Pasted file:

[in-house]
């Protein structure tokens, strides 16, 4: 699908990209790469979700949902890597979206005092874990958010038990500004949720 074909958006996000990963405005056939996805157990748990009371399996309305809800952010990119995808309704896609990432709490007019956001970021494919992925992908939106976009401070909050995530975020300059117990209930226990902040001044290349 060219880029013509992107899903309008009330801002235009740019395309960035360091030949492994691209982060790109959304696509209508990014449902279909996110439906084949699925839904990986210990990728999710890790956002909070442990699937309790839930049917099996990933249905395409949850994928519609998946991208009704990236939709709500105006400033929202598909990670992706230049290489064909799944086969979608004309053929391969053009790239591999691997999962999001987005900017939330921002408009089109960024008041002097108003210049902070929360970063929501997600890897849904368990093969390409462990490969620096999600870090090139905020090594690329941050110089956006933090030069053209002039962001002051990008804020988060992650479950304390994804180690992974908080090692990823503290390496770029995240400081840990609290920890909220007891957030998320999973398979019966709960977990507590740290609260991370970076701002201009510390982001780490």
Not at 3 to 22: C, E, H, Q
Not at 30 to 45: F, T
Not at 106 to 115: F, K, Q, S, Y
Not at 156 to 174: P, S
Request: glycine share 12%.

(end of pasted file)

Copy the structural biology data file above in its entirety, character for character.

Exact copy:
[in-house]
């Protein structure tokens, strides 16, 4: 699908990209790469979700949902890597979206005092874990958010038990500004949720 074909958006996000990963405005056939996805157990748990009371399996309305809800952010990119995808309704896609990432709490007019956001970021494919992925992908939106976009401070909050995530975020300059117990209930226990902040001044290349 060219880029013509992107899903309008009330801002235009740019395309960035360091030949492994691209982060790109959304696509209508990014449902279909996110439906084949699925839904990986210990990728999710890790956002909070442990699937309790839930049917099996990933249905395409949850994928519609998946991208009704990236939709709500105006400033929202598909990670992706230049290489064909799944086969979608004309053929391969053009790239591999691997999962999001987005900017939330921002408009089109960024008041002097108003210049902070929360970063929501997600890897849904368990093969390409462990490969620096999600870090090139905020090594690329941050110089956006933090030069053209002039962001002051990008804020988060992650479950304390994804180690992974908080090692990823503290390496770029995240400081840990609290920890909220007891957030998320999973398979019966709960977990507590740290609260991370970076701002201009510390982001780490």
Not at 3 to 22: C, E, H, Q
Not at 30 to 45: F, T
Not at 106 to 115: F, K, Q, S, Y
Not at 156 to 174: P, S
Request: glycine share 12%.